Lead singer Keith Murray says: "That song is lyrically sort of an embittered reaction, very specifically against one person who is a total hipster reactionary, who I've had a lot of conversations with, I've had a lot of dealings with, and whose opinions were specifically sprung fully formed from a sort of generalized ideal that he was perceiving as what was and was not cool. He was the kind of person that I could predict what he would and would not like simply based on what my whole team would enjoy. So I ended up having a lot of discussions with this person that ended up being a loggerhead because I tend to be sort of reactionary in the same way, or in an opposite way, whereas I tend to nastily refute things that I perceive as being very cool and popular because they're cool. And then a lot of times I'll end up coming around to it later and be like, "Oh, well, all those stupid hipsters are right about this one, I will concede." But I think that song is just about a sort of self-acknowledged bitter refusal to follow the party line on hipsterdom, and music specifically."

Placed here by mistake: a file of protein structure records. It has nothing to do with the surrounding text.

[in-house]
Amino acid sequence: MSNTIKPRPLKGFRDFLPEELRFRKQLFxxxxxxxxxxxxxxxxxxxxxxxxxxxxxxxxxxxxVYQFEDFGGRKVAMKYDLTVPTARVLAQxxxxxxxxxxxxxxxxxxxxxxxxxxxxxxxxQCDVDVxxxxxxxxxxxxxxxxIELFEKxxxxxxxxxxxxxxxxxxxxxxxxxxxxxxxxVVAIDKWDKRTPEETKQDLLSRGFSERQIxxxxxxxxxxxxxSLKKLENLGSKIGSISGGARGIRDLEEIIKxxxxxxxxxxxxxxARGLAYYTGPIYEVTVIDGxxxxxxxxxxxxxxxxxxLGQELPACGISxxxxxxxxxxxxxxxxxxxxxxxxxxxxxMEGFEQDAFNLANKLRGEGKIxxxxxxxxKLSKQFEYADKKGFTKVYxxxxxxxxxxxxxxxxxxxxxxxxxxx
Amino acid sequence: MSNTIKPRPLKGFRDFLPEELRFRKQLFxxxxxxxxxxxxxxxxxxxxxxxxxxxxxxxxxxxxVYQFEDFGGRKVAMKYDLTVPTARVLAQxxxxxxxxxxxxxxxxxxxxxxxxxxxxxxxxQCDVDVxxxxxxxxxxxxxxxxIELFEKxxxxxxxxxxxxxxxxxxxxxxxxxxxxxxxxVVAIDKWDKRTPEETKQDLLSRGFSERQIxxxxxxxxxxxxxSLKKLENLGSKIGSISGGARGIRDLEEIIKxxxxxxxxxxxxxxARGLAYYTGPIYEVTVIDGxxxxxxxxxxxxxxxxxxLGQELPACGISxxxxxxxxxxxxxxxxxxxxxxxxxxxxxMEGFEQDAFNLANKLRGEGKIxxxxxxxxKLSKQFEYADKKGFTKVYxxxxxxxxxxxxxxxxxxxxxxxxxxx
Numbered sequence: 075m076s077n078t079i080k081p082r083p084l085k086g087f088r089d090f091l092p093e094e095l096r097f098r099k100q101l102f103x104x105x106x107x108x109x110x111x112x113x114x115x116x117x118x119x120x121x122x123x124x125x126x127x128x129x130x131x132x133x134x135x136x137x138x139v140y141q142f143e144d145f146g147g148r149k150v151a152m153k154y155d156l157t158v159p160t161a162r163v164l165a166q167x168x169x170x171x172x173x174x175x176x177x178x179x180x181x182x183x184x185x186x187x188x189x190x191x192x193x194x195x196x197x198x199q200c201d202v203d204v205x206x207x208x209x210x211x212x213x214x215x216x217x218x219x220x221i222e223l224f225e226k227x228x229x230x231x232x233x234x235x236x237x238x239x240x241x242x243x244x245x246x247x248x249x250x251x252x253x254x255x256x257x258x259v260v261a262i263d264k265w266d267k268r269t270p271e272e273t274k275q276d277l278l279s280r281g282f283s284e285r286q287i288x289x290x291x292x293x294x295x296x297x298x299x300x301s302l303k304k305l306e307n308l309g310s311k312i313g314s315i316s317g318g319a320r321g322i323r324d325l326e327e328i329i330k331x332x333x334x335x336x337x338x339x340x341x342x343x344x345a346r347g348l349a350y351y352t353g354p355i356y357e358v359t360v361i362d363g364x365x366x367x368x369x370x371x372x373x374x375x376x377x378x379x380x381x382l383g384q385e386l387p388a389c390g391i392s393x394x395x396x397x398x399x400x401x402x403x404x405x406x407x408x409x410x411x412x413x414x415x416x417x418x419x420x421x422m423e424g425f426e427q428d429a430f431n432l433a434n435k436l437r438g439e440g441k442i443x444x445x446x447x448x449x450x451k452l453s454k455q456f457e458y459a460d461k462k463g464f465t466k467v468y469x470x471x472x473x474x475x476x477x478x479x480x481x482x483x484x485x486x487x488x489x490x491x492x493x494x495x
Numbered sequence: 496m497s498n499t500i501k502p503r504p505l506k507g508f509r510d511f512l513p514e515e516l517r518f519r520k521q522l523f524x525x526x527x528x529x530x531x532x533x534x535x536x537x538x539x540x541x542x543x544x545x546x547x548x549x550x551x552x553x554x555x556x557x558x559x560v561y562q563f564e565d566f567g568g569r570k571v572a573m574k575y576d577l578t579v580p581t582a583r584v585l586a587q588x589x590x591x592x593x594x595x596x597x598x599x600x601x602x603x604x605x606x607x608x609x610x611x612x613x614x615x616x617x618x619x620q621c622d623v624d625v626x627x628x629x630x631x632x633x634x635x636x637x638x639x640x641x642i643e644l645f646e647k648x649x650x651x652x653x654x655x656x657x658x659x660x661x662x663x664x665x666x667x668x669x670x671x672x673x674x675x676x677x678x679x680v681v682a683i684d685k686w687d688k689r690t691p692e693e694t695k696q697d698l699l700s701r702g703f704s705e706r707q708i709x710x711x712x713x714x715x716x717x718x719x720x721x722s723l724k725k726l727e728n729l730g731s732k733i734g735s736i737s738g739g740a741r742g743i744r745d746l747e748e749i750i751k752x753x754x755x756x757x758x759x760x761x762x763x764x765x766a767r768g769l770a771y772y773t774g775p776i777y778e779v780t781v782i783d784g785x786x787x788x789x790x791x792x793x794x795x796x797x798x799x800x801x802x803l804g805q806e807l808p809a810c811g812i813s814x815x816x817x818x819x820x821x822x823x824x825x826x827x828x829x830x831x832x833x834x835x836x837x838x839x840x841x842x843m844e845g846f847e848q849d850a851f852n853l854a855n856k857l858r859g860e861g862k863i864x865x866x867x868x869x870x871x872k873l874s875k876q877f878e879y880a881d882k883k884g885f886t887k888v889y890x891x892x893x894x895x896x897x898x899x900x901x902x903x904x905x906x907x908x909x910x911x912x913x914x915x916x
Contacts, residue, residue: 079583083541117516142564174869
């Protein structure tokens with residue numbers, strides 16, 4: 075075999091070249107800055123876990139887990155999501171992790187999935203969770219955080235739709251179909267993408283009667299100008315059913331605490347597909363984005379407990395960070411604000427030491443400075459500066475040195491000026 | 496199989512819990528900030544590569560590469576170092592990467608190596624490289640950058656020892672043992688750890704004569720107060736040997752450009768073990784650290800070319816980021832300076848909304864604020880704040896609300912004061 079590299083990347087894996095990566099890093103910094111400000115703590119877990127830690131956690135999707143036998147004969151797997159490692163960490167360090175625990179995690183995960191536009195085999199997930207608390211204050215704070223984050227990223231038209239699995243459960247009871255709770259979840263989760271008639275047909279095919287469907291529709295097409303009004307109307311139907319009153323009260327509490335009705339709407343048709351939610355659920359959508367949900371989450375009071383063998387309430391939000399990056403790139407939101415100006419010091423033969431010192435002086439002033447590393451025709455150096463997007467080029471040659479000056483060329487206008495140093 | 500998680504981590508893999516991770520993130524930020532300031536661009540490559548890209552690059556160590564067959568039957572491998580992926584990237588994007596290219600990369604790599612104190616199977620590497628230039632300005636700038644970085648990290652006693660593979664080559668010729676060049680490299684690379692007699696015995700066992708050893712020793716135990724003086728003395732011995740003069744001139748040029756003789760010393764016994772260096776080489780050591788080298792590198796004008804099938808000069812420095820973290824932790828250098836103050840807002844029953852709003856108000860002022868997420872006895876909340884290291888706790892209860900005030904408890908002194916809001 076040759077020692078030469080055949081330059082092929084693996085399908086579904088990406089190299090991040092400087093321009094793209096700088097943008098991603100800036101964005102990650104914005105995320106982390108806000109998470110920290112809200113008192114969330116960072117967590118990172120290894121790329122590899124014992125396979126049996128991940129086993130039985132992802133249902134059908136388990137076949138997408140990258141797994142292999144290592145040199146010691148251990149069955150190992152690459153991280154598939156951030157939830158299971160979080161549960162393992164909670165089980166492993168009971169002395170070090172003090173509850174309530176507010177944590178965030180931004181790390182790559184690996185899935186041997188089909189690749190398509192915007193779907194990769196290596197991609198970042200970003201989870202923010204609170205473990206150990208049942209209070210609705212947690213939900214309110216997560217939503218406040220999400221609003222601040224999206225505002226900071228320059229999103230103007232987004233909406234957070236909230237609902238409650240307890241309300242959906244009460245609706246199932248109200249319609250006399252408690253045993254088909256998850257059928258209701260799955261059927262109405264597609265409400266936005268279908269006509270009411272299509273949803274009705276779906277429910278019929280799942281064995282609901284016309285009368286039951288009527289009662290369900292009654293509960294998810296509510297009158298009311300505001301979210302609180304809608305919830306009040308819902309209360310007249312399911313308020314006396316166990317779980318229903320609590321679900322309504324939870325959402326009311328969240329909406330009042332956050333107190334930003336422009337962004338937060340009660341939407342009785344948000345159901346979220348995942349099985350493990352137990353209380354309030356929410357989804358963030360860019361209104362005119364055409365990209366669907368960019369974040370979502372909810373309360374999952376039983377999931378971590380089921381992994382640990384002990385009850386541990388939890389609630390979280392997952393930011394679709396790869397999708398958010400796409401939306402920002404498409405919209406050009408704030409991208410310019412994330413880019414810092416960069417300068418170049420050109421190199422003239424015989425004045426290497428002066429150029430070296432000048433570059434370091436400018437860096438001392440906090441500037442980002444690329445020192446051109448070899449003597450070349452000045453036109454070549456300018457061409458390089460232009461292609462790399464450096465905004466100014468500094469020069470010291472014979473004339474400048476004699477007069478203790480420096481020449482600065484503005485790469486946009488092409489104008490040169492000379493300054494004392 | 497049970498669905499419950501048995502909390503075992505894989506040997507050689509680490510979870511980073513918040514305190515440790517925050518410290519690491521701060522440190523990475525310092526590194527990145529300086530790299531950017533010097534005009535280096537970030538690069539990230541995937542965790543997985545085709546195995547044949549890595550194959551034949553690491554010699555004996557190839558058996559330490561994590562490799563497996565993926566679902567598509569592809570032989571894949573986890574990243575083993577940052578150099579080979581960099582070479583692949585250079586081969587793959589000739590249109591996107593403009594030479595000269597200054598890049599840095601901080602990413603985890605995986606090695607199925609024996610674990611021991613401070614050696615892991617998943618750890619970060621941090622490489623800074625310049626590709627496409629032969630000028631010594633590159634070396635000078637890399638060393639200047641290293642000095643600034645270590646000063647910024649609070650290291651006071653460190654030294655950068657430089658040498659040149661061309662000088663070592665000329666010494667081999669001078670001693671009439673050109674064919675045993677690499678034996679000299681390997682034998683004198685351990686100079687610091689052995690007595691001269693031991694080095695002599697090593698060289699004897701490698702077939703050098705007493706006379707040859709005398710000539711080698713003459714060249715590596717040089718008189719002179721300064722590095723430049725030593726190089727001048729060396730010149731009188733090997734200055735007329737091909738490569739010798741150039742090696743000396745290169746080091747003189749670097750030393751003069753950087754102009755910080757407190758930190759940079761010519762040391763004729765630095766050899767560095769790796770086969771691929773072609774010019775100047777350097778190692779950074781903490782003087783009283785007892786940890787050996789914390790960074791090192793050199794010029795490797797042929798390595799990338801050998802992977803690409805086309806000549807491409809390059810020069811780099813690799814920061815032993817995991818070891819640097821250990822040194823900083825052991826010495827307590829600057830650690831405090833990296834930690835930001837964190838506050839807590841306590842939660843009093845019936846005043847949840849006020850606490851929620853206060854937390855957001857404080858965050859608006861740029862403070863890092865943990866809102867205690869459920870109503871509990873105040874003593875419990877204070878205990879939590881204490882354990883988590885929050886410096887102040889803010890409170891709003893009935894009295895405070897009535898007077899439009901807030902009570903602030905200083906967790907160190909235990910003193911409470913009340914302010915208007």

In the hysterical video for this song, Keith and his fellow band member Chris Cain are take-no-prisoners cowboys on the range rounding up their herd. Of Pomeranians. Playing their parts to perfection - their facial expressions are priceless - they never give away their very real discomfort. Telling the story, Keith says, "We were deeply uncomfortable on the horses. The bigger issue, first of all, when we pitched the idea to the label, the first thing they asked was how confident we were as riders. We told them that both of us had been riding since we were like ten, and that we were not professional grade horsemen, but could hold our own. And of course the fact of the matter was I'd ridden a horse, like, once. But for insurance reasons we assured them that we were masterful on horses. And the whole thing was made worse by the fact that the video was shot on a hill in Ireland, and it had snowed there the day before, and then warmed up considerably. So the snow had melted and the ground was essentially marsh. And it was really windy and cold, so the horses were battling essentially gale force winds, and were sinking into the mud with every step. So they were deeply unhappy, and the fact that we were climbing on top of them and not providing any guidance, which was only making them more irate. But yeah, we were afraid any time those horses were in the vicinity."